Mom and Daughter 1,300 Miles Apart Use Skype to Celebrate Mother’s Day Together
As part of our ongoing Mother’s Day series celebrating the unbreakable bond between moms and their children, Your Daily Dish is featuring amazing stories that highlight that special relationship.
When Christina Kirk watched her 18-year-old daughter move out of their Oklahoma home to go to California’s Occidental College in 2016, she had no idea how they would continue to celebrate Mother’s Day together.
“Since she is in Glee Club and will be singing at all graduation events, she will not be coming home this week,” Christina Kirk told Your Daily Dish. “That is why we will be apart for the very first time on Mother’s Day.”
Mother’s Days were always special for Christina and her daughter, Deja. Each year, Deja would cook her mom breakfast in bed. They would also watch television and spend the rest of the day together after church.
Last year for Mother’s Day, Deja saved up enough money to take Christina to a nice restaurant and she booked a day spa for her.
“Honestly, for me, just spending time with her is always the best present,” Christina told Your Daily Dish. “My mom is disabled and I never had to opportunity to develop these Mother’s Day rituals with her. It was essential for me to develop them with Deja.”
Christina does occasionally visit her daughter, but it is too expensive to travel frequently. To help bridge their geographic divide, Christina and Deja conduct weekly Skype chats on Sundays.
“It is hard to have your only child 1,331 miles away from home,” she told Your Daily Dish. “Hearing her voice over the phone is not enough. I need to look into her eyes and hear her say she is OK or not OK. As a mom, you can tell more from your child’s expressions than the mere words in a text or call.”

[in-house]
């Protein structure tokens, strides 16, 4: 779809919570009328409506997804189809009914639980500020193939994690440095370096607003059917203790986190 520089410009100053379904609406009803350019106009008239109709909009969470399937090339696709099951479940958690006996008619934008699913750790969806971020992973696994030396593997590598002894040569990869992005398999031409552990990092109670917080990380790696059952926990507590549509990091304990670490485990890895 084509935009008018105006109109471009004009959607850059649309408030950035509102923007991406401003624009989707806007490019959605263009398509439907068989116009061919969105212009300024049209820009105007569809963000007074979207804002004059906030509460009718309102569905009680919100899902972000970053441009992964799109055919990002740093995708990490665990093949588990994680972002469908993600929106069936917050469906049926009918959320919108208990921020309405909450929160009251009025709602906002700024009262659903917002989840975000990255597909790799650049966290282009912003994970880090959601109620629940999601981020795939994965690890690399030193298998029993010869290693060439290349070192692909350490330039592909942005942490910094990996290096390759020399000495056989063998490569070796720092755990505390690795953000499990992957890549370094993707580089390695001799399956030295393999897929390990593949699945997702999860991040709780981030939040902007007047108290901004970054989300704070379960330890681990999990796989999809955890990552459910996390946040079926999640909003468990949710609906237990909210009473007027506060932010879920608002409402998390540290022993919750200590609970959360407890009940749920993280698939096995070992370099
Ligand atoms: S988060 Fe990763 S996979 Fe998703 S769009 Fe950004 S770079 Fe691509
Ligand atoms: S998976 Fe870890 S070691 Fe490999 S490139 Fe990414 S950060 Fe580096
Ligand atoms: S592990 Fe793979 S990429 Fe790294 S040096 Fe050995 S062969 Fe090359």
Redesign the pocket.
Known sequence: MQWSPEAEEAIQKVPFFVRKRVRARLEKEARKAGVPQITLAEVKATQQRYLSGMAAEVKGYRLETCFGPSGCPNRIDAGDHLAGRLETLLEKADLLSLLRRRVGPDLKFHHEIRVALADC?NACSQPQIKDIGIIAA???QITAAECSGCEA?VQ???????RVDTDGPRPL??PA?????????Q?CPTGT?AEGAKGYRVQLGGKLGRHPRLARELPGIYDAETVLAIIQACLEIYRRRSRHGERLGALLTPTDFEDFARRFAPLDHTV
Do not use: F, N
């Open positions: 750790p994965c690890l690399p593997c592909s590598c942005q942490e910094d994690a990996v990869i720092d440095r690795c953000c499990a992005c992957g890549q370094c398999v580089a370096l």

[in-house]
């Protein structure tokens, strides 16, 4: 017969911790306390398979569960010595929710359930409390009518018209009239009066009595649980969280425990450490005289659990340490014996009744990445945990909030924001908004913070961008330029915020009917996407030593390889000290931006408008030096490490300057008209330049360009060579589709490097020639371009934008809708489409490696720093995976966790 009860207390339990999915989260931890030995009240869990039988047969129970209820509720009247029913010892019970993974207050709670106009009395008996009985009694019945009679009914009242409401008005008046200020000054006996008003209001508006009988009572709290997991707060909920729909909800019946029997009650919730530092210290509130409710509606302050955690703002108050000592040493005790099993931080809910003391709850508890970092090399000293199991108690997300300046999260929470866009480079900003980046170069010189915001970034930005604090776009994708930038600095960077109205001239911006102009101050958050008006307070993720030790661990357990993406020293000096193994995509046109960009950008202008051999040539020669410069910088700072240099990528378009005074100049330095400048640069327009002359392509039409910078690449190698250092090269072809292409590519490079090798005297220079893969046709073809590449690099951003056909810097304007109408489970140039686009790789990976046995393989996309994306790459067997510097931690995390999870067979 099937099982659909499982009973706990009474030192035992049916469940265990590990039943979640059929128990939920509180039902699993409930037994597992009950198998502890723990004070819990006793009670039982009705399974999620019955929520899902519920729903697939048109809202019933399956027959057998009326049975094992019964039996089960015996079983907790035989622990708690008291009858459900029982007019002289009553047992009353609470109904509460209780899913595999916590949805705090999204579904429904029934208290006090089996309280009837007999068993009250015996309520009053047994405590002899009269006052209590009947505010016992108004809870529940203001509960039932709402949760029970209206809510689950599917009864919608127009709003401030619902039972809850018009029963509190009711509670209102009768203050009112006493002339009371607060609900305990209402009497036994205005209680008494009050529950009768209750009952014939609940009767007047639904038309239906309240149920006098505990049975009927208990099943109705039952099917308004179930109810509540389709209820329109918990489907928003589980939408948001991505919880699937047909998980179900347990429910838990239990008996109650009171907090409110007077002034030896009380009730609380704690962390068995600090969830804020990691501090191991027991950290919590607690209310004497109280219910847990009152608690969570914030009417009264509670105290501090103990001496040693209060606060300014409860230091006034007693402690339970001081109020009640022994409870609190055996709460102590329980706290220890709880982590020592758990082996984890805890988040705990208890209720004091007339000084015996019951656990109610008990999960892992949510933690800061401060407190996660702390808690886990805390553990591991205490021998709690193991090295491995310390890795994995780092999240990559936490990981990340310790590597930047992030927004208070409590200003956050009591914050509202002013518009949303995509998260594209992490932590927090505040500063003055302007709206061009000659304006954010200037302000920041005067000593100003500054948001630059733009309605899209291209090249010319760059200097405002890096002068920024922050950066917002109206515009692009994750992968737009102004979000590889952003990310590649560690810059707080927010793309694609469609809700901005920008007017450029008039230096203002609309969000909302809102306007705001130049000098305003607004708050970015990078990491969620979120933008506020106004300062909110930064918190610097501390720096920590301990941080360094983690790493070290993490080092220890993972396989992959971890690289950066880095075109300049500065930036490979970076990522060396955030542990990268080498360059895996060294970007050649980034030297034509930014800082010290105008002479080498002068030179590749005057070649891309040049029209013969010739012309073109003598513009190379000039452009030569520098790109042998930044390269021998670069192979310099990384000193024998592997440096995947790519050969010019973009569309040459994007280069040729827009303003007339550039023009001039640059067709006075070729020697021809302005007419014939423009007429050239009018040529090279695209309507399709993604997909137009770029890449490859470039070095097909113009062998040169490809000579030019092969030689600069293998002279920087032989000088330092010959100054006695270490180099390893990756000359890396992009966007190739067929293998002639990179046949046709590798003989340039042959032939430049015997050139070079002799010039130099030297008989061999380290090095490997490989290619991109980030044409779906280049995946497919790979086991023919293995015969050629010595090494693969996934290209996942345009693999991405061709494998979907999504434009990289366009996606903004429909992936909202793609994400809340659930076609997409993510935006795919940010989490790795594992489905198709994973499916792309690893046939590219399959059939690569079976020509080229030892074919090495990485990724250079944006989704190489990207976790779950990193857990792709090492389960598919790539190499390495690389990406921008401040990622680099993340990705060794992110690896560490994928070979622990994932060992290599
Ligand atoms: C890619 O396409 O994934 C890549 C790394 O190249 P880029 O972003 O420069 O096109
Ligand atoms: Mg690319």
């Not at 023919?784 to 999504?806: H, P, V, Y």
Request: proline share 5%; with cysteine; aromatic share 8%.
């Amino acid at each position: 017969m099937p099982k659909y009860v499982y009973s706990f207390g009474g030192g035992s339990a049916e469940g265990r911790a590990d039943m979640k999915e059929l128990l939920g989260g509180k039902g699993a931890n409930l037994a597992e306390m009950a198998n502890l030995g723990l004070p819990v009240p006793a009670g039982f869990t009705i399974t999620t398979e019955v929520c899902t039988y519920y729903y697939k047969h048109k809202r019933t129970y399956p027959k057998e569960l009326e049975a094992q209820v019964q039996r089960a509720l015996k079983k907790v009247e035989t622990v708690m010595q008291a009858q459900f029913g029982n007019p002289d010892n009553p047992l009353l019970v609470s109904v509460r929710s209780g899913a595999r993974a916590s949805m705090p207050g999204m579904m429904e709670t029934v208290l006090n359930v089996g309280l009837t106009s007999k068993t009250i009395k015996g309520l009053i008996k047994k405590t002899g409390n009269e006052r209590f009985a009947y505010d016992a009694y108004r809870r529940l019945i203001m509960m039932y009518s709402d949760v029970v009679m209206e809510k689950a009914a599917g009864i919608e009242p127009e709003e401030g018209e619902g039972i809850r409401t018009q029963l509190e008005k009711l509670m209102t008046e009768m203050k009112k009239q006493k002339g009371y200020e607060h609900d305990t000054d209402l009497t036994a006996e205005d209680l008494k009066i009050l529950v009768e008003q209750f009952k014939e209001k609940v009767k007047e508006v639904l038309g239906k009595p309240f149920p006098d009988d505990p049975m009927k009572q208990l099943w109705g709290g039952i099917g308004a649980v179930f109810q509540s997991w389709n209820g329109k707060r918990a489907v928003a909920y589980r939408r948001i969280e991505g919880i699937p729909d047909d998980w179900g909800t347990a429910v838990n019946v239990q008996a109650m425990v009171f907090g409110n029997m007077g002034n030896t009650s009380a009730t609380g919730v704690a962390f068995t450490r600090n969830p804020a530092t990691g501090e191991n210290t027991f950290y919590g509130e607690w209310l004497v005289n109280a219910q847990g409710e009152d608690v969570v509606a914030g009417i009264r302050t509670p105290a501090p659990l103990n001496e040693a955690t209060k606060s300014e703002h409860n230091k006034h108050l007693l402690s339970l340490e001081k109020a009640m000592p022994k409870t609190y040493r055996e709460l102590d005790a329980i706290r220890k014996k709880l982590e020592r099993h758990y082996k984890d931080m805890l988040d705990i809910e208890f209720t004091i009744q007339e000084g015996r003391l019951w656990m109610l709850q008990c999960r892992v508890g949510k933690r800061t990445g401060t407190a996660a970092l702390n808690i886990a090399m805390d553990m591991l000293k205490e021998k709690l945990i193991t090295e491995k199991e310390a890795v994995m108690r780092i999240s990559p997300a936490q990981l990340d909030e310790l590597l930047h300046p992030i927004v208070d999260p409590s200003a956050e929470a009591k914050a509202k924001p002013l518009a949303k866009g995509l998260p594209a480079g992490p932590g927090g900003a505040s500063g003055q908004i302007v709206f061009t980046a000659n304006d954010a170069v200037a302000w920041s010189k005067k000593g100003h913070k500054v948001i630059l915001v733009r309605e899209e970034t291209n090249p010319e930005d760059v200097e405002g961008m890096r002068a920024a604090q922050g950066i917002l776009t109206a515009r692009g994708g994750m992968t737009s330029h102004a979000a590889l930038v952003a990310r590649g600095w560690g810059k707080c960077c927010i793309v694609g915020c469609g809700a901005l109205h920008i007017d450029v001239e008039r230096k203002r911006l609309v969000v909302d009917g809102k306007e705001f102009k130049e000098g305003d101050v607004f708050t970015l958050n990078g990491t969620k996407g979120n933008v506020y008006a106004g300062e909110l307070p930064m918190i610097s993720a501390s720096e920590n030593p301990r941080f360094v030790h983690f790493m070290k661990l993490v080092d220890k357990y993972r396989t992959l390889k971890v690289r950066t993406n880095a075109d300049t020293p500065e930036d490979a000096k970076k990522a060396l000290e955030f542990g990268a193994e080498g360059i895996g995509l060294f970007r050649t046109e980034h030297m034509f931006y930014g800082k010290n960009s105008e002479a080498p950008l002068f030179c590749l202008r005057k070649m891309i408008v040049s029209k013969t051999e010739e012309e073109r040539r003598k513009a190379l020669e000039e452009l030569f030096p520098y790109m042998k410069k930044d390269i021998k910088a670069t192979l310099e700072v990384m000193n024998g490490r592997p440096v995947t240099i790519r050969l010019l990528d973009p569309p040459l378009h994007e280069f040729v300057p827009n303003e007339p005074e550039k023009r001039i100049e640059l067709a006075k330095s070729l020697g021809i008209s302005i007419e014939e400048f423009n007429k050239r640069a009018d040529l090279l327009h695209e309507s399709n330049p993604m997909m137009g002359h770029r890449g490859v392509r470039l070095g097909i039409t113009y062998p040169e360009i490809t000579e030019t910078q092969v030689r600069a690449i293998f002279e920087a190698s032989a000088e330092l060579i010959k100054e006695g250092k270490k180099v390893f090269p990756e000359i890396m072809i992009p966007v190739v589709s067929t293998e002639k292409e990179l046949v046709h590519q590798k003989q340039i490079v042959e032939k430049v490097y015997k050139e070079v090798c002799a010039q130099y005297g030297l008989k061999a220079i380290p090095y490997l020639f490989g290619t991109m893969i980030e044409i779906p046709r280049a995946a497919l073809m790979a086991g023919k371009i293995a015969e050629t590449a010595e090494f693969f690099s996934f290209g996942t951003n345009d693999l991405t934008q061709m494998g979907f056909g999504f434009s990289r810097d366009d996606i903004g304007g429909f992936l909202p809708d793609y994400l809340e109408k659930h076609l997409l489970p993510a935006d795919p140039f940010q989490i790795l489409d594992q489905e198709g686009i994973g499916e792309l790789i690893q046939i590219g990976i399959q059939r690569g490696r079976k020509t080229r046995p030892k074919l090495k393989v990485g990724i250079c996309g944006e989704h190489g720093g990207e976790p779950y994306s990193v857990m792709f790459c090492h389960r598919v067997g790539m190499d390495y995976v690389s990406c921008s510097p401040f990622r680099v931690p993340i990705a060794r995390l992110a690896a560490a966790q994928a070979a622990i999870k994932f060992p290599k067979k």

In 2017, Christina and Deja will use the digital messaging service to have a virtual Mother’s Day celebration.
“The plan is for us to Skype in the morning from bed so it is kinda like my breakfast in bed and watch one of my favorite old-timey television shows, Hart to Hart,” Christina told Your Daily Dish. “It will not be the same, but it will be very close thanks to products like Skype.”
Parents like Christina Kirk Use Skype.
A 2015 report in the U.K. found that up to 15,000 children use platforms like Skype to stay in contact with parents who live far away. There are also military parents deployed overseas who rely on Skype to chat with their children.
Christina offers some advice for parents who want to spend quality time together with their long-distance children.
“I recommend setting a consistent time to communicate with your child,” Christina Kirk told Your Daily Dish. “It gives both of you something to look forward to. Do not wait for the perfect moment. Share the everyday life moments. Those are the moments you would be sharing if they were there with you anyway. It makes them feel closer. Whether it is two minutes or two hours, let them talk. Listen. If you do, you will get a glimpse of their world.”
Special thanks to Help a Reporter Out.